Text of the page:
Battery backup systems can be a great option for people looking for insurance against power outages. Add solar panels into the mix to recharge your batteries and you could have the fix for the power outage blues. However, before you prescribe a battery backup system to cure your ills, it is vitally important that you have an accurate diagnosis of the problem you want to solve.
In many ways, solar power and battery backup represent a reliable form of protection against the unforeseen power outage. A battery backup system operates in much the same way as an uninterrupted power supply for your home computer. The electrical equipment and appliances on your backup won’t even flicker and you wouldn’t even have to reset your alarm clock.
This instantaneous switching means that, for some equipment, a battery backup can be superior to a generator based system which must start and warm up before switching on. Even with the best natural gas generator you would still be in the dark for a short time if an outage occurred.
The trick to making battery backup work starts with planning. Where will you put the equipment? An interior space in a garage is usually best and if it’s near your existing electrical panel that's even better because you may need to reroute some circuits.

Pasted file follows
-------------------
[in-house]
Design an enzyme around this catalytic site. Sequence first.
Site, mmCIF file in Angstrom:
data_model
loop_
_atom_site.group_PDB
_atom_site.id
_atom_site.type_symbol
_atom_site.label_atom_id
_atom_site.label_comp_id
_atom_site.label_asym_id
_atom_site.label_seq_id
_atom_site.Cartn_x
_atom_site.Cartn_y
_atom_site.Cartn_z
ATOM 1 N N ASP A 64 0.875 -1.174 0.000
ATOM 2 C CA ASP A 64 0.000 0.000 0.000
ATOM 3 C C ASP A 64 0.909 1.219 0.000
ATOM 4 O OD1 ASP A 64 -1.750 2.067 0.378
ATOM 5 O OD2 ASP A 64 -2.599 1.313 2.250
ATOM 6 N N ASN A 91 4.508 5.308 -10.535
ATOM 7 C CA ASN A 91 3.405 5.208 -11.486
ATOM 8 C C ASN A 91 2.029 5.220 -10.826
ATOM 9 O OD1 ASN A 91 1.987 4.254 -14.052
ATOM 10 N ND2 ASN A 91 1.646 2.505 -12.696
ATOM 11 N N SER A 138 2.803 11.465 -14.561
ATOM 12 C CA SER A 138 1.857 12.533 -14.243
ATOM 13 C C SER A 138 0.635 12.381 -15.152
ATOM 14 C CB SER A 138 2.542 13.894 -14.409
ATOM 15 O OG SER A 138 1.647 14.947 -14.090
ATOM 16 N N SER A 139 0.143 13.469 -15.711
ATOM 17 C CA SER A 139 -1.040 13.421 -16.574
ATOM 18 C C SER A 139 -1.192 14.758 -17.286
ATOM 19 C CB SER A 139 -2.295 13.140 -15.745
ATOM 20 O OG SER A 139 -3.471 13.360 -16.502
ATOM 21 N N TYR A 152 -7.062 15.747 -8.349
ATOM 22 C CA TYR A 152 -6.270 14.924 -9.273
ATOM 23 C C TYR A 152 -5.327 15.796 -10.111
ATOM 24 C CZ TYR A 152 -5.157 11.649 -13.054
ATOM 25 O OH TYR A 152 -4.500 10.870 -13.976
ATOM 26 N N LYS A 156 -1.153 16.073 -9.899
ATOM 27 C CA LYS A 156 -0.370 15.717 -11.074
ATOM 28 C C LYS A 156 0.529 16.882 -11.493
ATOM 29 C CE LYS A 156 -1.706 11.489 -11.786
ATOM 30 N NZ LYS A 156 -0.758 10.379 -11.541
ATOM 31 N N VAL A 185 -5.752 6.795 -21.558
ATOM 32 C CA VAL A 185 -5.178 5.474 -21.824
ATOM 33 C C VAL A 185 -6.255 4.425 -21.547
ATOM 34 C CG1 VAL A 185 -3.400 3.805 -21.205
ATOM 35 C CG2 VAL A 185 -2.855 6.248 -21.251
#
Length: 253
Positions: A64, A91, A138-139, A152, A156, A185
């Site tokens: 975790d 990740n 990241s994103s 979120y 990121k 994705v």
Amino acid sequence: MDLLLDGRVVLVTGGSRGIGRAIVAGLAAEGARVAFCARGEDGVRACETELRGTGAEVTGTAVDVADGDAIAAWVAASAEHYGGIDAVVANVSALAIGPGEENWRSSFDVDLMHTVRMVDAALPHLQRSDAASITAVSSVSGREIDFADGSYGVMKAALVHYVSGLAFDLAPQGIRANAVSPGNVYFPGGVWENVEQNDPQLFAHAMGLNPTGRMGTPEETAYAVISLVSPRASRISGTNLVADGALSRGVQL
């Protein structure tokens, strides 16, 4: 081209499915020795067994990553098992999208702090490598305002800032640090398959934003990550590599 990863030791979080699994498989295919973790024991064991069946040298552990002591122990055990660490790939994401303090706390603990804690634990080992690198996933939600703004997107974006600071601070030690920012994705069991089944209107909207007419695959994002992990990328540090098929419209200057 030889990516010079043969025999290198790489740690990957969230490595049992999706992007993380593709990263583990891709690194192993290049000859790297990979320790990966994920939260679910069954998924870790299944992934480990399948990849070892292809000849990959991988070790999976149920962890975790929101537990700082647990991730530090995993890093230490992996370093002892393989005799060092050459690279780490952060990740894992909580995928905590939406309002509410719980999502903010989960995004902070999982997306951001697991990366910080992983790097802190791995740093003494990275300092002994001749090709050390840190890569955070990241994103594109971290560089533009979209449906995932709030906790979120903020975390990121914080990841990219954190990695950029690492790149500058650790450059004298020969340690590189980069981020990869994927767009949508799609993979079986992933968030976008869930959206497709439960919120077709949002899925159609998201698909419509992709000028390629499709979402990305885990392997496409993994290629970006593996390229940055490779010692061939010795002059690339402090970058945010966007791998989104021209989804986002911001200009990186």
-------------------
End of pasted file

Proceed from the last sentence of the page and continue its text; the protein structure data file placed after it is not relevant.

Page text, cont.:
Think about the things that you really need to energize during an emergency and how long you want to use them each day. Next think about how many days you want to have these items powered up even if it was raining outside and you aren’t getting much recharge from your solar panels. The more accurate you are with this process the more satisfied you will be with your system because you will be less likely to experience your batteries going dead prematurely.
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A secondary charging source can be an attractive option and can increase the performance of your system while reducing its overall cost. This option is called a “hybrid system” and usually involves the integration of some sort of generator. Having a generator as part of your backup system may allow you to reduce the overall size of the battery bank and solar array while actually increasing reliability. With a hybrid system, when your batteries get low you can simply start the generator and run it until the batteries charge. Some systems and generators can even make this process automatic.